Category Archives: Safety Rules

The Right to a Safe Workplace

Today’s post comes from guest author Todd Bennett, from Rehm, Bennett & Moore.

Under federal law, every employee has the right to a safe workplace. If you believe your workplace is dangerous and changes in safety policy are ignored, you can request an inspection from OSHA (Occupational Safety and Health Administration).

Workers’ compensation, which is regulated on a state-by-state level, covers medical bills, lost wages, disability and vocational rehabilitation services for employees injured on the job. If you have any questions regarding these benefits, please contact an experienced lawyer in your area.

 If you believe you work in an unsafe work area, here are some tips to be aware of to make sure your workplace is as safe as possible, and you protect yourself from significant injury:

  1.  Know the hazards in your workplace.
  2. While in a seated position, keep your shoulders in line with your hips. Use good form when lifting.
  3. Injuries occur when workers get tired. Take breaks when you’re tired.
  4. Do not skip safety procedures just because it makes the job easier or quicker. Using dangerous machinery is the one of the leading causes of work injuries.
  5. Be aware of where emergency shutoff switches are located.
  6. Report unsafe work areas.
  7. Wear proper safety equipment.

If you are injured due to an unsafe workplace, and you are unsure of the benefits that you are entitled to, contact an experienced attorney in your area.

Workplace Violence and Sandy Hook Elementary School

Today’s post comes from guest author Kristina Brown Thompson from The Jernigan Law Firm.

While this post occurred some time ago, the issues related to workplace violence remain relevant.

In light of the horrific elementary school shootings in Newtown, Connecticut last week it may be time to re-evaluate workplace violence, which seems to be increasing at an alarming rate. Technically, workplace violence is any act where an employee is abused, threatened, intimidated, or assaulted in the workplace. It can include threats, harassment, and verbal abuse, as well as physical attacks by someone with an assault rifle. 

Two million American workers are victims of workplace violence every year. What’s worse is that workplace violence is one of the leading causes of job-related deaths in the United States. Last year, for example, one in every five fatal work injuries was attributed not to accidents but to workplace violence,  and  some employees are at an increased risk for harm. For example, employees who work with the public or who handle money are more at risk (i.e. bank tellers, pizza delivery drivers, or social workers). According to the 2011 Census of Fatal Occupational Injuries by the U.S. Dept. of Labor, robbers were found to be the assailants in almost a third of homicide/workplace violence cases involving men, whereas female workers were more likely to be attacked by a relative (i.e. former spouse or partner) while at work.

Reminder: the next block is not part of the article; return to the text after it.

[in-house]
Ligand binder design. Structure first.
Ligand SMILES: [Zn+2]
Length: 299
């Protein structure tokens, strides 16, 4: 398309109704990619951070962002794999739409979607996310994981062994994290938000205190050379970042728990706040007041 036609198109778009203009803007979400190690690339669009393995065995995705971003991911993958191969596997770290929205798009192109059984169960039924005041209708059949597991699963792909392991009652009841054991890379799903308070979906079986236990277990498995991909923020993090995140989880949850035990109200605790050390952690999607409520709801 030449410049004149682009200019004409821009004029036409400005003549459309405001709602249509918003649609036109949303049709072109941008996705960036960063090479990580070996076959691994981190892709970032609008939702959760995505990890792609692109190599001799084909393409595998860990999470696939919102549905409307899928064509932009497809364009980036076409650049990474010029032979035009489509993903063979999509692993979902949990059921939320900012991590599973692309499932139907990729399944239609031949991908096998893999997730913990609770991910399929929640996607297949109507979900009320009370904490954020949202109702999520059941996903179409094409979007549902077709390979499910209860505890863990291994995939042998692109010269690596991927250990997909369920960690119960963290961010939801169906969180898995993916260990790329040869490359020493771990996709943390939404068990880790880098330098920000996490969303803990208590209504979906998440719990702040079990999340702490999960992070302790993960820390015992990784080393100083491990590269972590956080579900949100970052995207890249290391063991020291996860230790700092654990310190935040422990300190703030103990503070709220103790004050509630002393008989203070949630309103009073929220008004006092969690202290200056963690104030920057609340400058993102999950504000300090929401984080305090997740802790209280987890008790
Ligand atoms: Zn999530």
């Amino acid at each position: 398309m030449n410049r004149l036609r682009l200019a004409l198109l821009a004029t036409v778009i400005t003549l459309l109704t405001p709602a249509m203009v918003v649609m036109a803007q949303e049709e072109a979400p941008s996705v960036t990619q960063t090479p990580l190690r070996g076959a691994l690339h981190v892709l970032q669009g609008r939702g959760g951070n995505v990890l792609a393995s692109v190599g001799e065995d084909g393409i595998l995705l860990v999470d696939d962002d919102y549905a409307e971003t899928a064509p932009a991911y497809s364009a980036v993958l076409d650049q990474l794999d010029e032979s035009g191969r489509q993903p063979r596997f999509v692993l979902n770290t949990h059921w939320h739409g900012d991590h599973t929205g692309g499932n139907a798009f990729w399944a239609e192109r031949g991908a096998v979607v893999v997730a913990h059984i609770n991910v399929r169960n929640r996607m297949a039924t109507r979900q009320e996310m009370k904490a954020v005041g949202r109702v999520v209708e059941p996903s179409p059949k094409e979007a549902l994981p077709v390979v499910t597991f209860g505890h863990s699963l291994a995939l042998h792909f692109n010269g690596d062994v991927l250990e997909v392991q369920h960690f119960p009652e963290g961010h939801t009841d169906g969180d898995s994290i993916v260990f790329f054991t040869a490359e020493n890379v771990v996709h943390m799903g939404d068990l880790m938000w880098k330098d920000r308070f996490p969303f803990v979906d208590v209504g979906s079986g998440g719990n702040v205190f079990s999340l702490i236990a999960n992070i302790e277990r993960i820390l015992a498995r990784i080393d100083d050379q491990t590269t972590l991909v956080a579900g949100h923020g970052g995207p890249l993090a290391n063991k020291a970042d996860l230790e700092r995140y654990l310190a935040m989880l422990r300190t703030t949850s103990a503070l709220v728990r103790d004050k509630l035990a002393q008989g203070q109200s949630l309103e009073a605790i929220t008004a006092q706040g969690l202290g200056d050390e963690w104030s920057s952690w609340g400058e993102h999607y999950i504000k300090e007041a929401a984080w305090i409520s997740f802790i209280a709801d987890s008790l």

Preventing workplace violence is a challenging task and OSHA advises employers to create a Workplace Violence Prevention Program. Creating a safe perimeter for employees is crucial. Likewise, having an emergency protocol in place should reduce the number of fatalities in an attack, and that’s exactly what happened at the Sandy Hook Elementary School in Connecticut when the school’s protocol saved the lives of many children.

Buying a Cheap Shirt at Wal-Mart? Consider the real cost (in lives).

Wal-Mart’s low prices have led to unsafe working conditions.

The recent Bangladesh factory fire killed over 100 workers.  The factor produced goods for Wal-Mart.  Wal-Mart now concedes it “needs to do more to control its supply chain.” 

Wal-Mart’s Vice President of “Ethical Sourcing” (irony noted here) said the company control could “only go so far” in preventing an unauthorized factory producing its goods.  Wal-Mart said its Faded Glory clothing should not have been produced in the factory, which Bangladesh officials said was not safe.

Wal-Mart’s “factory certification” program focused on Bangladesh and China was allegedly “dedicated to improving the status of foreign labor.” Tell that to the families of the workers who died.

At a meeting last year where Wal-Mart’s Vice President of Ethical Sourcing was in attendance, the Bangladeshi Garment Workers Union proposed that producers such as Wal-Mart help ensure prices are high enough to provide for safety measures for their workers.

Wal-Mart’s Vice President indicated Wal-Mart could not support such a program because of the high cost.  Consider that next time you buy a cheap shirt at Wal-Mart.

Buying a Cheap Shirt at Wal-Mart? Consider the real cost (in lives).

Wal-Mart’s low prices have led to unsafe working conditions.

The recent Bangladesh factory fire killed over 100 workers.  The factor produced goods for Wal-Mart.  Wal-Mart now concedes it “needs to do more to control its supply chain.” 

Wal-Mart’s Vice President of “Ethical Sourcing” (irony noted here) said the company control could “only go so far” in preventing an unauthorized factory producing its goods.  Wal-Mart said its Faded Glory clothing should not have been produced in the factory, which Bangladesh officials said was not safe.

Wal-Mart’s “factory certification” program focused on Bangladesh and China was allegedly “dedicated to improving the status of foreign labor.” Tell that to the families of the workers who died.